ISBN-10: 0802121012 - Hardcover $26
Publisher: Atlantic Monthly Press (March 26, 2013), 256 pages.
Review copy courtesy of the publisher and NetGalley.

About the Author:

A New Yorker of Irish/Spanish descent, Donna Leon first went to Italy in 1965, returning regularly over the next decade or so while pursuing a career as an academic in the States and then later in Iran, China and finally Saudi Arabia. Leon has received both the CWA Macallon Silver Dagger for Fiction and the German Corrine Prize for her novels featuring Commisario Guido Brunetti. She lives in Venice.

Thursday, March 13, 2014

Dinner Party Disasters: True Stories of Culinary Catastrophe by Annaliese Soros and Abigail Stokes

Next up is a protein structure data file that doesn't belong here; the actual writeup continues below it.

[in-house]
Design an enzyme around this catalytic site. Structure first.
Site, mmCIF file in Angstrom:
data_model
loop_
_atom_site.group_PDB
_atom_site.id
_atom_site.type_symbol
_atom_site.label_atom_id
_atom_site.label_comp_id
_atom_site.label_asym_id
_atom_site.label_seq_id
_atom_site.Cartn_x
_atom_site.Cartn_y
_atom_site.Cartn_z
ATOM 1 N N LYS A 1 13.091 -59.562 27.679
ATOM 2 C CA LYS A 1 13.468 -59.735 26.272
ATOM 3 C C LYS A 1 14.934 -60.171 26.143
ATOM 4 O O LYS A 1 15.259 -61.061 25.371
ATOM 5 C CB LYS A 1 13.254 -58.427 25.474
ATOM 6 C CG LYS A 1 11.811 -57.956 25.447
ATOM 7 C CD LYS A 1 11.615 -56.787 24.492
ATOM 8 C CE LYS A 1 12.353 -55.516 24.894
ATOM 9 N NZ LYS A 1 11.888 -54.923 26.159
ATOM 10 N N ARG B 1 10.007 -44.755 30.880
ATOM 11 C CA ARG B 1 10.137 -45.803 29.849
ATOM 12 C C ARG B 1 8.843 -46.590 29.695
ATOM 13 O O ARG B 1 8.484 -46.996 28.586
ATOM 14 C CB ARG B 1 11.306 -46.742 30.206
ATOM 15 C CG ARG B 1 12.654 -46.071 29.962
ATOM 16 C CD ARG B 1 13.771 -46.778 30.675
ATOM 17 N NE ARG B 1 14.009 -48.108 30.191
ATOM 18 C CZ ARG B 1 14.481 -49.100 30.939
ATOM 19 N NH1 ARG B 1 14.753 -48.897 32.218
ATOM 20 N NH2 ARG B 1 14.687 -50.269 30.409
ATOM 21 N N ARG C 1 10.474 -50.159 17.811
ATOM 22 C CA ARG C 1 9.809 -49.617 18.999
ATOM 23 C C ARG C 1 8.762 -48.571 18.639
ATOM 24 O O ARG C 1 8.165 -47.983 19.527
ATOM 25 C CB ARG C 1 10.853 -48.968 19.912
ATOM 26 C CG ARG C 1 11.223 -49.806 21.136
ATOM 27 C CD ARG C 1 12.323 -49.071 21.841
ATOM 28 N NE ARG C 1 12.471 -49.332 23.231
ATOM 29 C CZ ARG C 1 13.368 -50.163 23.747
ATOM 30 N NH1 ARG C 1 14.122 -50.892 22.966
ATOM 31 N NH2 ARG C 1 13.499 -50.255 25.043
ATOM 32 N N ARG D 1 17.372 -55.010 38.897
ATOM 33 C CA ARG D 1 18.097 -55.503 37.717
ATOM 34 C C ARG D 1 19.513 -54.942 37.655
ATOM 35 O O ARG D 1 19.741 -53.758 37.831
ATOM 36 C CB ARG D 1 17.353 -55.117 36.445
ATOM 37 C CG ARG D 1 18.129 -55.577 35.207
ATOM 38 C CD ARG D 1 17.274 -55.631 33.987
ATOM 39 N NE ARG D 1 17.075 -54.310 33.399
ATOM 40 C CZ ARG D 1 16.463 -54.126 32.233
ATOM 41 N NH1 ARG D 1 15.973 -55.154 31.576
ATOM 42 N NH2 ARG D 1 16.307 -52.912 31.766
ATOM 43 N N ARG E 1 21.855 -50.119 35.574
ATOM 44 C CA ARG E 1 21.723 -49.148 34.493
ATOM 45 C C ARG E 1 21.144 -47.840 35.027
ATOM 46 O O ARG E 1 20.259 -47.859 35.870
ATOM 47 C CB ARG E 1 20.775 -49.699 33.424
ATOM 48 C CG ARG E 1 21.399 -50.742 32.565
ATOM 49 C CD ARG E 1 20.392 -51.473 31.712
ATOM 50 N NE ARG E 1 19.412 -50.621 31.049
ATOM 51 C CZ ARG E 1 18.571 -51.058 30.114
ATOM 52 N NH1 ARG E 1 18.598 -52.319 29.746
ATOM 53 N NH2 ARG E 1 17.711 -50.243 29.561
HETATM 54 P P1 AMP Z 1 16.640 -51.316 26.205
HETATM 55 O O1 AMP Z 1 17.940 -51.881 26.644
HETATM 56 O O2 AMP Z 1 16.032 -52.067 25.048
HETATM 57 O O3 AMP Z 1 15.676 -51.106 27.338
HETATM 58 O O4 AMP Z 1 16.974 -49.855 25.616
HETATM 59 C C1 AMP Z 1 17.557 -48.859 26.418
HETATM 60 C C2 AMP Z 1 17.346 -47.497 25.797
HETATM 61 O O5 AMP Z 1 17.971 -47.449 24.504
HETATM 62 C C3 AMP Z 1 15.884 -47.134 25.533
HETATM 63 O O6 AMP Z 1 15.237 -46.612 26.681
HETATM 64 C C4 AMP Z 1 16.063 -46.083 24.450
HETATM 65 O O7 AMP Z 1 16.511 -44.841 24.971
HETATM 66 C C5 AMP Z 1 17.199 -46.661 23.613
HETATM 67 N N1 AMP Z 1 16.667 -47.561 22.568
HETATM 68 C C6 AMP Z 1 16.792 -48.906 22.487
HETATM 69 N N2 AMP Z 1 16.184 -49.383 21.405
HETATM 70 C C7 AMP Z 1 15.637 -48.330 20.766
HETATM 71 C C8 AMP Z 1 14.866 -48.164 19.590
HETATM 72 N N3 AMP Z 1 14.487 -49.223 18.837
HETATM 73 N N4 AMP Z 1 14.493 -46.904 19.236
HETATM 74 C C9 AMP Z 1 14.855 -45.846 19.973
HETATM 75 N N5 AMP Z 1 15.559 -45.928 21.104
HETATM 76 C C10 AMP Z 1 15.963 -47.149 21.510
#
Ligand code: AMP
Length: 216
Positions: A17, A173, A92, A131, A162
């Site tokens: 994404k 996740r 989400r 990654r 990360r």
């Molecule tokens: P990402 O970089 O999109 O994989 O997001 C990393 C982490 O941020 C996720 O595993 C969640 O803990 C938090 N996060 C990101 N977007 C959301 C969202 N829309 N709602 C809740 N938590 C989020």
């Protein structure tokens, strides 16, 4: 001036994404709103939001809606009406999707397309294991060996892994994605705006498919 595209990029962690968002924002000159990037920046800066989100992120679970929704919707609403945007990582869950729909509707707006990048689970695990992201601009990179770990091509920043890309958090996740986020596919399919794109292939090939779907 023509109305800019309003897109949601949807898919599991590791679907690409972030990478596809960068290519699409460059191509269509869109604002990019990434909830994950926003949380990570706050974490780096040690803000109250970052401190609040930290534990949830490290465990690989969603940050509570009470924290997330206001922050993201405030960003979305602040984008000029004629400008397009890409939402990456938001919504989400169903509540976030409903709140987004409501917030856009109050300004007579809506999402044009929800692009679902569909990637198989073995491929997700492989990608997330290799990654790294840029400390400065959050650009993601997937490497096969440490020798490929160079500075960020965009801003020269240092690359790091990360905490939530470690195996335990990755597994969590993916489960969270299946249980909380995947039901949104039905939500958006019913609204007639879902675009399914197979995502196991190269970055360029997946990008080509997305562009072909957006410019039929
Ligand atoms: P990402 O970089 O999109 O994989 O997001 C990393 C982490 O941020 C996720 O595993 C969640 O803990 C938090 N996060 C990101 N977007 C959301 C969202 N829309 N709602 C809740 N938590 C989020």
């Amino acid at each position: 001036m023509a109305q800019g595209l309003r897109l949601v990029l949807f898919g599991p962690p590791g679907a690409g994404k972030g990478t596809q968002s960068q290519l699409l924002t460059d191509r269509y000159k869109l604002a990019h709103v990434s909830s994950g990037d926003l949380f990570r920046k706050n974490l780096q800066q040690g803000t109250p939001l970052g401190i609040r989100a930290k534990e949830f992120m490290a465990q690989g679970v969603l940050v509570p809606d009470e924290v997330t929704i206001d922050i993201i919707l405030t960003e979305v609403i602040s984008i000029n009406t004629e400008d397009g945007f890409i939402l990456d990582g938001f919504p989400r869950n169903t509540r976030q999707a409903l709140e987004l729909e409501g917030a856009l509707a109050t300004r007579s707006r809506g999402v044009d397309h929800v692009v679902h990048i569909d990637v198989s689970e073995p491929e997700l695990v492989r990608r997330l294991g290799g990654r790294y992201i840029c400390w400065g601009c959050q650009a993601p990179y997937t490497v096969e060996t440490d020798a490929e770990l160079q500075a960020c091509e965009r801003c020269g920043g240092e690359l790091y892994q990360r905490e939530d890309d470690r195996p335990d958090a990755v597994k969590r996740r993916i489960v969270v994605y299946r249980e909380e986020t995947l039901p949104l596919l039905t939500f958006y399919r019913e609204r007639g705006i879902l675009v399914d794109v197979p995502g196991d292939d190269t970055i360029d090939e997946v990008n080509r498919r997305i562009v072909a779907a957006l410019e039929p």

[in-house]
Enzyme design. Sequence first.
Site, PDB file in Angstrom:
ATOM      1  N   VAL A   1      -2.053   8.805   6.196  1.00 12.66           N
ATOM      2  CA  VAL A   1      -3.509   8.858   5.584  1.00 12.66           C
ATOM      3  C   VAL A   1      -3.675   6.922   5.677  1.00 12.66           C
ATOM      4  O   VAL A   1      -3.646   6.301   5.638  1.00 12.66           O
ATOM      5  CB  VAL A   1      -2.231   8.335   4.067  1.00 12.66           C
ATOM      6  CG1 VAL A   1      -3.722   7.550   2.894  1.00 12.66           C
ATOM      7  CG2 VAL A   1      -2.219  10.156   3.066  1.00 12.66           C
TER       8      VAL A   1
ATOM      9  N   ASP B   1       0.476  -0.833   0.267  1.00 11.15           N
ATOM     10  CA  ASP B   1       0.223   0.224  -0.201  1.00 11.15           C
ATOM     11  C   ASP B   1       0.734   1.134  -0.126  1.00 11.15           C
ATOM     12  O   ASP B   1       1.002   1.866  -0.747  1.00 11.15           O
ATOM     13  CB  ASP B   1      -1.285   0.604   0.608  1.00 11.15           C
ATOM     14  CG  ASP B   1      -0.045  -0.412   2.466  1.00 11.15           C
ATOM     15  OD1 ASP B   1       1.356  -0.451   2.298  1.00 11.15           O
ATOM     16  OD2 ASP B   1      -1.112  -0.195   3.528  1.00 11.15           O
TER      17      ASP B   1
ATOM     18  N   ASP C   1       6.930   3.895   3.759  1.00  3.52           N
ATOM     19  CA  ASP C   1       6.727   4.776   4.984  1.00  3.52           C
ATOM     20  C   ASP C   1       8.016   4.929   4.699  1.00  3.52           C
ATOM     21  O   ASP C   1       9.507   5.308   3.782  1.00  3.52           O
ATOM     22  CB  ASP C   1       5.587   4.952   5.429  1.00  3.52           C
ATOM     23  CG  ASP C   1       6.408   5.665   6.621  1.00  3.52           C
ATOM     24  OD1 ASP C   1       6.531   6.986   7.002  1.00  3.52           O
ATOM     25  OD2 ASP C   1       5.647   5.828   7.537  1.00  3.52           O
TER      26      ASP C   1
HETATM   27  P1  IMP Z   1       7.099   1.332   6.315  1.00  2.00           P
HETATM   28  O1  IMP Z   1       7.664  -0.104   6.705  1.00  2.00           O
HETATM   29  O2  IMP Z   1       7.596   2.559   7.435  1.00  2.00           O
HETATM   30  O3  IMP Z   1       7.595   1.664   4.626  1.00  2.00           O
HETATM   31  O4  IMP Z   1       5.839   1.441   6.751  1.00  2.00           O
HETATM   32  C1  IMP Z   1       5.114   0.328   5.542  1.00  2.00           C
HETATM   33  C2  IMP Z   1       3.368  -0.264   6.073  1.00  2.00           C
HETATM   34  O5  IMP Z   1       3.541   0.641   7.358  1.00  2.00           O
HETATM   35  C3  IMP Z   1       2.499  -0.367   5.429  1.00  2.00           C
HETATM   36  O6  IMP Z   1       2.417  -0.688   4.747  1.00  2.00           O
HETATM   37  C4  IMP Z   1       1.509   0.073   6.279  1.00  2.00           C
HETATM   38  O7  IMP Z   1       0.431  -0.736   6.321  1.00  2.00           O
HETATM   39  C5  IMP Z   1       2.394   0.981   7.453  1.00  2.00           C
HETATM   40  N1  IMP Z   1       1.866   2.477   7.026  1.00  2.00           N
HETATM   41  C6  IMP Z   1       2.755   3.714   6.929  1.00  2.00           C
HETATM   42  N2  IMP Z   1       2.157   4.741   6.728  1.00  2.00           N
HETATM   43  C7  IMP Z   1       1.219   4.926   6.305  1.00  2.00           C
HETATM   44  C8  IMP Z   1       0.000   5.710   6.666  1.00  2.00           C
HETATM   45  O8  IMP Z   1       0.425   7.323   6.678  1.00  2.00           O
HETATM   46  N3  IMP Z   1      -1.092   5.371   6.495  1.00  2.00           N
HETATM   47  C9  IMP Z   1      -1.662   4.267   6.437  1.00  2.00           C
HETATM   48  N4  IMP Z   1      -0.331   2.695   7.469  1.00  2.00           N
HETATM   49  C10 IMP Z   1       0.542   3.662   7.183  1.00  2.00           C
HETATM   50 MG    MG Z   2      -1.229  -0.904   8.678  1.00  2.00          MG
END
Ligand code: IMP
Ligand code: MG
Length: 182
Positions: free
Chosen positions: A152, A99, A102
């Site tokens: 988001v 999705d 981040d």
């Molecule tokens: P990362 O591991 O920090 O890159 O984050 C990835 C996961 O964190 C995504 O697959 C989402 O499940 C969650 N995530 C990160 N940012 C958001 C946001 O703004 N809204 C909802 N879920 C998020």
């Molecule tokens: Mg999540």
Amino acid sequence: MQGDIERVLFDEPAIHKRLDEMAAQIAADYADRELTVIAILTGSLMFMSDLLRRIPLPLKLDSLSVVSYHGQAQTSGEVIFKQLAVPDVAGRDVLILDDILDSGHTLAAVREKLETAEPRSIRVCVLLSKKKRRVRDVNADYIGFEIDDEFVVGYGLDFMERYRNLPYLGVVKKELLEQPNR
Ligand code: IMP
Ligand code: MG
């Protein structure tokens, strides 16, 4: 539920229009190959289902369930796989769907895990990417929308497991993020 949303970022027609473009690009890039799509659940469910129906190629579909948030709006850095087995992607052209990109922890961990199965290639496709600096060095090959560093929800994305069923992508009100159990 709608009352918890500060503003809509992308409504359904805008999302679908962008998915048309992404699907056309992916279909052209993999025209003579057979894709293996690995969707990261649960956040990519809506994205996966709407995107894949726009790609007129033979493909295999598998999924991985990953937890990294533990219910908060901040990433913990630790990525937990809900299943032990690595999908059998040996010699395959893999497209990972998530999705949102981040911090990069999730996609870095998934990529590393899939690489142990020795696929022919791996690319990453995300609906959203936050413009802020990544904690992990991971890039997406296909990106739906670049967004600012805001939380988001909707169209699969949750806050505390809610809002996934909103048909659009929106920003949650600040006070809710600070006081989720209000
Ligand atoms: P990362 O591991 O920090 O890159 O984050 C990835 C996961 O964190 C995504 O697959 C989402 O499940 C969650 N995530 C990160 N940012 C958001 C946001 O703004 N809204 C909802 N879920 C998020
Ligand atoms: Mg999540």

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The blurb:
What do you do when the lobsters in your lobster bake pull a crustacean Houdini and escape into the ocean?  When your attempt at cantina cuisine ends with the arrival of the fire department at your door?  When one of your guests drops dead in the doorway?

In Dinner Party Disasters, Annaliese Soros (the ex-wife of financier George Soros and a highly regarded hostess in her own right), collects the funniest, most horrific disaster stories ever to befall people gathered for the seemingly simple purpose of breaking bread together.  In some cases, crisis is converted into triumph; in others, disaster prevails.  In all cases, however, guests and hosts experience an evening they will never forget.

Sidebars offer exceedingly practical solutions to the problems, ranging from the ordinary -- how to create the right ambiance using light and candles, or how to manage a drunken guest - to the somewhat unusual --- how to clean and gut a game bird should you have to shoot your own.